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Sergio
08-07-2002, 08:31 PM
I have a PC with two hard drives, one fixed the other in a caddy. The fixed drive is partitioned into two.

The letters assigned to the drives/partitions are all messed up. How do I give them new letters and fix these so they don't change when the caddy drive is taken out?

OS = Win 98

Sergio

mikebartnz
08-07-2002, 08:51 PM
I'm sorry but with Win98 you can not reassign hard drive letters. The OS assigns C: to the first hard drive, first partition then D: to the second hard drive, first partition and then the drive letters get assigned to the other partitions. It's a real pain in the butt. I must say I much prefer the way Linux handles hard drives.

mikebartnz
08-07-2002, 08:53 PM
I should have said that the only way to sort this out is for the first hard drive to be only one partition.

godfather
08-07-2002, 09:08 PM
Try this:

Windows 95/98

The more advanced operating systems will usually assign drive letters as part of the system boot process instead of via CONFIG.SYS or AUTOEXEC.BAT files. For such drives, if you need to change the drive letter you should be able to open the Control Panel, double click on the System item, and then click on the Device Manager tab. Double click the device you need to change and then click the Settings tab in the Properties dialog box. At the bottom of the Settings page note the area called Reserved Drive Letters. Select the start (and ending) letter to assign to the device and close the dialogs. You will need to restart your computer for the change to become effective.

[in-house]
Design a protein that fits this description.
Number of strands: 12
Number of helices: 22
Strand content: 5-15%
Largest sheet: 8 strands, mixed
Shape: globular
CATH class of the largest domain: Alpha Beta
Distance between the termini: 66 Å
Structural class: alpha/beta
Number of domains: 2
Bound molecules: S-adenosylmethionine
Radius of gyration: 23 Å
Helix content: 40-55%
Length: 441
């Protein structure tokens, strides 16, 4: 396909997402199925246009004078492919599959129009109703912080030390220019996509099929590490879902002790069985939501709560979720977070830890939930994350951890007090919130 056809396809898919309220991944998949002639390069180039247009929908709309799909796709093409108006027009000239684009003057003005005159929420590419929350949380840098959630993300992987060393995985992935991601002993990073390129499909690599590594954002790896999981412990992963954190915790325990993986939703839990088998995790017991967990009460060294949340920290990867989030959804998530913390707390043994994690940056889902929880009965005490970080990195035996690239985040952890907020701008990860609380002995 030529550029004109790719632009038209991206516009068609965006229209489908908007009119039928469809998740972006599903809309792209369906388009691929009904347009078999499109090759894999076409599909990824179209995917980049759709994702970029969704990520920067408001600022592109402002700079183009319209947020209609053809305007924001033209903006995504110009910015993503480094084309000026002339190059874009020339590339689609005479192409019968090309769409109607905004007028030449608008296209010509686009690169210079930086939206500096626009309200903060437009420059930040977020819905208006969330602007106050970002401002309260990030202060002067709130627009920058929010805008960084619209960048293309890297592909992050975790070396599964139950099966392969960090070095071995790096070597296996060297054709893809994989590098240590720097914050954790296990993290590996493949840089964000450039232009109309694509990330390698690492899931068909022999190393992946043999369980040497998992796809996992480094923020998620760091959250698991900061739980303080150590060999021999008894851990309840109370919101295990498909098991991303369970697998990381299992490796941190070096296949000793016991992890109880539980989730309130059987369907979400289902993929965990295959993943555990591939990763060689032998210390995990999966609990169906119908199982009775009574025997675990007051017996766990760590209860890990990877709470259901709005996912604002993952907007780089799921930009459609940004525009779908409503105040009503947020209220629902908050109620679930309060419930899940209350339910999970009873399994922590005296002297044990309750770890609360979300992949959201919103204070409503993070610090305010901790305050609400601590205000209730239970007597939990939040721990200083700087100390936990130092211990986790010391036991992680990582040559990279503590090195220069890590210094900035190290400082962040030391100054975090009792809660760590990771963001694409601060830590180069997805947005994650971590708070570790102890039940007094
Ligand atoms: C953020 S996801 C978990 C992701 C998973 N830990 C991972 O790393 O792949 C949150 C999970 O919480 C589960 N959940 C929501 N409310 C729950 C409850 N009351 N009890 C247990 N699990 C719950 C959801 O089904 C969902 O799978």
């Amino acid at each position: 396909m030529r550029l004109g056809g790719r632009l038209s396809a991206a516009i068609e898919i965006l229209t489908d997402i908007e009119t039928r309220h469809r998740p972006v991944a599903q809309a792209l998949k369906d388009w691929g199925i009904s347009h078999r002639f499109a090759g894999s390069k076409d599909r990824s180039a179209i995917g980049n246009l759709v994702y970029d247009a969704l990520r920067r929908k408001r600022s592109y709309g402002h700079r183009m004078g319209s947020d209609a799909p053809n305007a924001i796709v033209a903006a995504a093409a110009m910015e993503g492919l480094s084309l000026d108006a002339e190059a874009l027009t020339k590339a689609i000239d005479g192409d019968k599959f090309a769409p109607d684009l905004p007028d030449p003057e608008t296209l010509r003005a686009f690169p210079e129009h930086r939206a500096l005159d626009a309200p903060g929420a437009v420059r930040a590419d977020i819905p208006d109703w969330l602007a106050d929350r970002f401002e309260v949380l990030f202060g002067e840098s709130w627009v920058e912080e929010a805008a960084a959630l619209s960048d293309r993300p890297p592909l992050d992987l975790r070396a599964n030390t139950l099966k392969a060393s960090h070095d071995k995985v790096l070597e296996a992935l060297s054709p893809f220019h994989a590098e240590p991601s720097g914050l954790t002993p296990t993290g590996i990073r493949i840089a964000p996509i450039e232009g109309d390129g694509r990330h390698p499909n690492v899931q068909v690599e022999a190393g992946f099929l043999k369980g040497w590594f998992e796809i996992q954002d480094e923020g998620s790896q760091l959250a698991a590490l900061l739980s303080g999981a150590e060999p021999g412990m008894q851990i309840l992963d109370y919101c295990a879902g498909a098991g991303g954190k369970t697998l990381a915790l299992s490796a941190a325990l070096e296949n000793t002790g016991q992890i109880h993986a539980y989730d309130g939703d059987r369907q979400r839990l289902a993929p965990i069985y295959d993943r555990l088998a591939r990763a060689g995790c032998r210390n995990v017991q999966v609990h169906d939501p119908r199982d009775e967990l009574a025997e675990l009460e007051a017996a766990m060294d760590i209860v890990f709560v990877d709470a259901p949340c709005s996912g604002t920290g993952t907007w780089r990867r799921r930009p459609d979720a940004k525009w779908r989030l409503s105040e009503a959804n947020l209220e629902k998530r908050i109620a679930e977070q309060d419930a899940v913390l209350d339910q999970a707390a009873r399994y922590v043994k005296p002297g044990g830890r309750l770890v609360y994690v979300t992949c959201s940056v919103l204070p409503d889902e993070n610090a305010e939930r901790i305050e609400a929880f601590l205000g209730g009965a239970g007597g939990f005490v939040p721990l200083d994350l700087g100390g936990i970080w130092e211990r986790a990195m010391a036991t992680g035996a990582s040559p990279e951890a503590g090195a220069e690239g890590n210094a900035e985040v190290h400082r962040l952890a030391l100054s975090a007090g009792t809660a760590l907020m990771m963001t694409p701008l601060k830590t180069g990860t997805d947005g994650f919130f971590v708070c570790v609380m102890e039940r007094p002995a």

Note: If you do this be very certain that no software depends upon the old drive letter as it will no longer be assigned to the correct device and you can encounter errors; perhaps serious errors.

In the process above you have the option of assigning both starting and ending drive letters for a device. This is allowed in case you have placed multiple partitions on a given device.

tweak\'e
08-07-2002, 11:07 PM
there is a program called letter assigner that can fix the problem of drive letters changeing in 98. however don't go changing letters on drives that you run programs off.

Merlin
09-07-2002, 01:26 AM
Let me guess.
You used MS Fdisk to create partitions on both the fixed drive and the drive in the caddy.

You have three drive letters as well as those for FDDs, CDs and any other removal devices. The drive letters are C, D and E.

Let me guess.
C contains - say - Windows 98, D has - um - personal data or data to be shared and E has - oh - application software - like Word.
When you remove the caddy to share or move the data, E disappears and none of the application software works - you get error messages.

Cool - it will happen that way since you used MS Fdisk to partition the drives. Look here to find how MS-DOS and Windows assign drive letters: Order in Which MS-DOS and Windows Assign Drive Letters (Q51978) (http://support.microsoft.com/default.aspx?scid=kb;en-us;Q51978)

Why does it happen? Because a design feature of MS Fdisk is to create primary partitions before the extended DOS partition and it is not possible, using MS Fdisk, to create only an extended DOS partition.

To create an extended DOS partition without a primary partition try programes like efdisk or Partition Magic.

Or you can use - at your own risk - the program suggested by tweak'e.
Search Ask Jeeves for "Letter Assigner Home Page".

Oh - and godfather's suggestion won't work since the drive in the caddy is recognised as a fixed drive - not a removal one.

Sergio
09-07-2002, 09:13 AM
Thank you for a lot of helpful replies.

I may not have given enough detail about the config.

Disk # 1: Split into two partitions: Ist partition C: holds all the program files. Second partition D: holds all the data.

Disk #2: (Caddy) is used for backups only.

Hopefully this helps

Sergio

tweak\'e
09-07-2002, 07:16 PM
sounds like the problem you have is when you insert backup hardrive(caddy) windows labels it d drive and the old d drive becomes e drive. if so letter assigner will fix that easy enough.